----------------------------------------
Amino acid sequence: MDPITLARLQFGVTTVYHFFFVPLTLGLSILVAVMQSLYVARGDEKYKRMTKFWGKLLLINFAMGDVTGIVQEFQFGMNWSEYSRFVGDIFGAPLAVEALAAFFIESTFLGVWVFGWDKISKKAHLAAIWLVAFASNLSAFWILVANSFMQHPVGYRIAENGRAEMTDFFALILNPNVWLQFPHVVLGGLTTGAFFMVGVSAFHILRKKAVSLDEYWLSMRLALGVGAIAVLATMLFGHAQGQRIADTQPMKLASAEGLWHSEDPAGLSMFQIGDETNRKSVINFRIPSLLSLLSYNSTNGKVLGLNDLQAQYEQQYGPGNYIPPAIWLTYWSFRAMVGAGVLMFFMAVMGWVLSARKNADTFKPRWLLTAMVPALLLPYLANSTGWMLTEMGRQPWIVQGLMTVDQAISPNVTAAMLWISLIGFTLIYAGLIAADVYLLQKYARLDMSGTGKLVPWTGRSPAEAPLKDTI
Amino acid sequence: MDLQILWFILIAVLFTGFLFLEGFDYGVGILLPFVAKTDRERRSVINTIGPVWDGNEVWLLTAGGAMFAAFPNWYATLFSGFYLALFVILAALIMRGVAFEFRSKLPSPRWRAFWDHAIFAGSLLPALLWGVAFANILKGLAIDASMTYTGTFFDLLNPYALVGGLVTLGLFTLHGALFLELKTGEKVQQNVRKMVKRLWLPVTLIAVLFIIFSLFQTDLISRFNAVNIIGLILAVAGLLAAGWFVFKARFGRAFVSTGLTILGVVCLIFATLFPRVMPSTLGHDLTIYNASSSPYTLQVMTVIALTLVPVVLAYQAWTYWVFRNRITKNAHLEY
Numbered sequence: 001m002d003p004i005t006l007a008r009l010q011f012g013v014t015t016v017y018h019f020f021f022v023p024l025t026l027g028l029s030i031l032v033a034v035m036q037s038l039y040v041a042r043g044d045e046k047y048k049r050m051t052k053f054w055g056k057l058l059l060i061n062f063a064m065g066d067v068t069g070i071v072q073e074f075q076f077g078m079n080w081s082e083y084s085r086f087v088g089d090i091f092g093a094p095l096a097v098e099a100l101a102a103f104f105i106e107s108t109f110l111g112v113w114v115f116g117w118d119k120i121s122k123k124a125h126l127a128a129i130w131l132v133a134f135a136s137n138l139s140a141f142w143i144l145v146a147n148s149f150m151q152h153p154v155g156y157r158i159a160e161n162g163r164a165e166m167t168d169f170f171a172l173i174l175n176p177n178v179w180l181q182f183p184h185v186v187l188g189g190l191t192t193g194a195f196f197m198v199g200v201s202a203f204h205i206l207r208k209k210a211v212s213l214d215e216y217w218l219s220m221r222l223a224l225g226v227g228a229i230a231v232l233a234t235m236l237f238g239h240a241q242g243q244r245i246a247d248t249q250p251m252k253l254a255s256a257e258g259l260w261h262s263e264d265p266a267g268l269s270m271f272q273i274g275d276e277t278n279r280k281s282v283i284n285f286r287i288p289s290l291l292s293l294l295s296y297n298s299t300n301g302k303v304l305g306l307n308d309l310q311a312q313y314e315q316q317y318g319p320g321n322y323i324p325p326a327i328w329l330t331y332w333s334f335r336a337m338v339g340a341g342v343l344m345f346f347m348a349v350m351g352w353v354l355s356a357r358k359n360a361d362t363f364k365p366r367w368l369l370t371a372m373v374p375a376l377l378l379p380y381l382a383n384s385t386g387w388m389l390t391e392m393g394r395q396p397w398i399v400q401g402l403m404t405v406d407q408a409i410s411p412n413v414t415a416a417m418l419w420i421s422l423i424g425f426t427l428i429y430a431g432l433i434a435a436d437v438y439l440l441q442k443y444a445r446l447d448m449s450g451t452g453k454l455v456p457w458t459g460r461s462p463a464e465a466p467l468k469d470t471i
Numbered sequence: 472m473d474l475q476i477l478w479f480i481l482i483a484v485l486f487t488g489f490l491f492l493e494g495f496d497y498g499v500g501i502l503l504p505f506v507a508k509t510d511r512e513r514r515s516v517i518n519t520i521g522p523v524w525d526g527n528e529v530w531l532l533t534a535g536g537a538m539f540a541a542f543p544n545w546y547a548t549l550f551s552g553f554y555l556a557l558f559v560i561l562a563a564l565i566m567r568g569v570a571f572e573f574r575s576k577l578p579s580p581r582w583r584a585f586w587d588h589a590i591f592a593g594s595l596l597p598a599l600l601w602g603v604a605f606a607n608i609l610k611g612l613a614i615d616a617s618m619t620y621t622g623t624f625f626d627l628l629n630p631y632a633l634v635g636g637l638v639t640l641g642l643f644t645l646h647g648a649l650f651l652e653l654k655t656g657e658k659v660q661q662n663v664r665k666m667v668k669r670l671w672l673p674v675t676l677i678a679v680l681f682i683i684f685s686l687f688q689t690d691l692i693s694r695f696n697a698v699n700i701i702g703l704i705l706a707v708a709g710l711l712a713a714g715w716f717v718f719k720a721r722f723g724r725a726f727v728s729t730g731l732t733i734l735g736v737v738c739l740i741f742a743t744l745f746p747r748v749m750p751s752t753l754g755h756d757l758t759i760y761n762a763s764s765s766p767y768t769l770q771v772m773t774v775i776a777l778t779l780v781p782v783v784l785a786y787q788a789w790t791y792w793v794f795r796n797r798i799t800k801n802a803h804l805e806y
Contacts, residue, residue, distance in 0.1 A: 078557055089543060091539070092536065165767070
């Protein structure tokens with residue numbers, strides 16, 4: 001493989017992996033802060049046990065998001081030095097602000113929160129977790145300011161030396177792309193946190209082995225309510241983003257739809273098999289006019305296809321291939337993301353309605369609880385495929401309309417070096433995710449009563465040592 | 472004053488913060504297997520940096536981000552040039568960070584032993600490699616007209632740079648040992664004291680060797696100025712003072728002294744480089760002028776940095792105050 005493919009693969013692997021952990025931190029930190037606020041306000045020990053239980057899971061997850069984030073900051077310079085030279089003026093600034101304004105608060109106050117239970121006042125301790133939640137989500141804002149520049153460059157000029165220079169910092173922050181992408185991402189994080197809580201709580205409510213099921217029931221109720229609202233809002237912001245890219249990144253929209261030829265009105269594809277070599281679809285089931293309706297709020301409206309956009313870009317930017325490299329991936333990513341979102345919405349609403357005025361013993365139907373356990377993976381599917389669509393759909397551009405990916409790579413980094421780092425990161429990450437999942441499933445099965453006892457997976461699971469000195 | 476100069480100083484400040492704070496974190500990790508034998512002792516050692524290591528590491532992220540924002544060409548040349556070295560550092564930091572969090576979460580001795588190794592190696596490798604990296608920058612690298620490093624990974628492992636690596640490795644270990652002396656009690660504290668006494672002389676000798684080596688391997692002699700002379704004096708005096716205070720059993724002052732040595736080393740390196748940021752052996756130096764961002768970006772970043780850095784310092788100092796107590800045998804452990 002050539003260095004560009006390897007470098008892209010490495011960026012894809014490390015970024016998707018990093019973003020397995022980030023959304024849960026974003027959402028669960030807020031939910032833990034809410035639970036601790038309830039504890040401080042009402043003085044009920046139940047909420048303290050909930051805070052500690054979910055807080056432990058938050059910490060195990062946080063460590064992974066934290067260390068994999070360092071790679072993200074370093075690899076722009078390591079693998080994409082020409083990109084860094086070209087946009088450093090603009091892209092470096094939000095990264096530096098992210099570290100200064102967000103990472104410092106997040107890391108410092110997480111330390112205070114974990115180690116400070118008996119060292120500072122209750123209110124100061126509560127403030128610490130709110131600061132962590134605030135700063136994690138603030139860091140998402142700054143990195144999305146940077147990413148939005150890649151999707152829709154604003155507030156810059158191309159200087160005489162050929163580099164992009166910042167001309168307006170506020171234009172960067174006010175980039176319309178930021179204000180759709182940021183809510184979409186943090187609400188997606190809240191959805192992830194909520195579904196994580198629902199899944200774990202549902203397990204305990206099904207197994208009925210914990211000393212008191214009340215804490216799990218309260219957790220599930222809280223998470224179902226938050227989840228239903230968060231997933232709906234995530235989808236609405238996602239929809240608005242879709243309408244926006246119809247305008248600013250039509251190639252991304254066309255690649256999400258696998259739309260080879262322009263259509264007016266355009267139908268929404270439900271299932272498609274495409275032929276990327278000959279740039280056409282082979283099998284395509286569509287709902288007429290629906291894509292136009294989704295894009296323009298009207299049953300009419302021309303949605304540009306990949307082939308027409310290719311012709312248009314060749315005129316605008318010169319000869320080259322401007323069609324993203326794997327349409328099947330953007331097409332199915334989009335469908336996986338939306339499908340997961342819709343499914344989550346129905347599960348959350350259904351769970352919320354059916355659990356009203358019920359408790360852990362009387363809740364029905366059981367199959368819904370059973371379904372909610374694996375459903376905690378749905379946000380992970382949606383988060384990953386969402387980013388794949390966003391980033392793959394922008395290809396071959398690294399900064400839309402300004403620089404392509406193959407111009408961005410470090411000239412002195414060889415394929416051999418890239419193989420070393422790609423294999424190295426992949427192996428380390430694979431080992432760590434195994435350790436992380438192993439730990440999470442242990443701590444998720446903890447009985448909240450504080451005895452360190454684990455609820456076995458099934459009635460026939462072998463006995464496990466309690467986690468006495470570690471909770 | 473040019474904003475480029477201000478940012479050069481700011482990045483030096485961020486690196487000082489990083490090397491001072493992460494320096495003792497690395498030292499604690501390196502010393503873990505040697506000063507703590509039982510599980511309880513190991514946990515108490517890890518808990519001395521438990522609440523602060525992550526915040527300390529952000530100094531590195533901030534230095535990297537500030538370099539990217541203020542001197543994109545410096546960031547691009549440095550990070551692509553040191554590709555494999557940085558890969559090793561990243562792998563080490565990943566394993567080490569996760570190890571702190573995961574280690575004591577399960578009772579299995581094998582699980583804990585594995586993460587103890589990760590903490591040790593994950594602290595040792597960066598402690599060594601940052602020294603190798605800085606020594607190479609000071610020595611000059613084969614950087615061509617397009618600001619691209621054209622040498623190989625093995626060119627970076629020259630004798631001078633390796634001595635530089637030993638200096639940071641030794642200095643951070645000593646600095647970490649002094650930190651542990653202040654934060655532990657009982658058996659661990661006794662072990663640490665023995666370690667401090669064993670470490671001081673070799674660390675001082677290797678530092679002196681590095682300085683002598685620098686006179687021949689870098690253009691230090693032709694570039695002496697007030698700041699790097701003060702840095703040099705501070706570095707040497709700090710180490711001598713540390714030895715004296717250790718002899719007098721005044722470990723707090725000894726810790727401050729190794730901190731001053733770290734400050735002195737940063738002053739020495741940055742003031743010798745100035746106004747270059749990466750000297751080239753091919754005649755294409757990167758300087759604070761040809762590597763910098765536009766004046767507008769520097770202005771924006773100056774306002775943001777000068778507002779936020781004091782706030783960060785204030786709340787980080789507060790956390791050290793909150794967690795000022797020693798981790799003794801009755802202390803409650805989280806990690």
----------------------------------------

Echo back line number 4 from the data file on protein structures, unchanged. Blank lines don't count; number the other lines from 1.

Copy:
Numbered sequence: 472m473d474l475q476i477l478w479f480i481l482i483a484v485l486f487t488g489f490l491f492l493e494g495f496d497y498g499v500g501i502l503l504p505f506v507a508k509t510d511r512e513r514r515s516v517i518n519t520i521g522p523v524w525d526g527n528e529v530w531l532l533t534a535g536g537a538m539f540a541a542f543p544n545w546y547a548t549l550f551s552g553f554y555l556a557l558f559v560i561l562a563a564l565i566m567r568g569v570a571f572e573f574r575s576k577l578p579s580p581r582w583r584a585f586w587d588h589a590i591f592a593g594s595l596l597p598a599l600l601w602g603v604a605f606a607n608i609l610k611g612l613a614i615d616a617s618m619t620y621t622g623t624f625f626d627l628l629n630p631y632a633l634v635g636g637l638v639t640l641g642l643f644t645l646h647g648a649l650f651l652e653l654k655t656g657e658k659v660q661q662n663v664r665k666m667v668k669r670l671w672l673p674v675t676l677i678a679v680l681f682i683i684f685s686l687f688q689t690d691l692i693s694r695f696n697a698v699n700i701i702g703l704i705l706a707v708a709g710l711l712a713a714g715w716f717v718f719k720a721r722f723g724r725a726f727v728s729t730g731l732t733i734l735g736v737v738c739l740i741f742a743t744l745f746p747r748v749m750p751s752t753l754g755h756d757l758t759i760y761n762a763s764s765s766p767y768t769l770q771v772m773t774v775i776a777l778t779l780v781p782v783v784l785a786y787q788a789w790t791y792w793v794f795r796n797r798i799t800k801n802a803h804l805e806y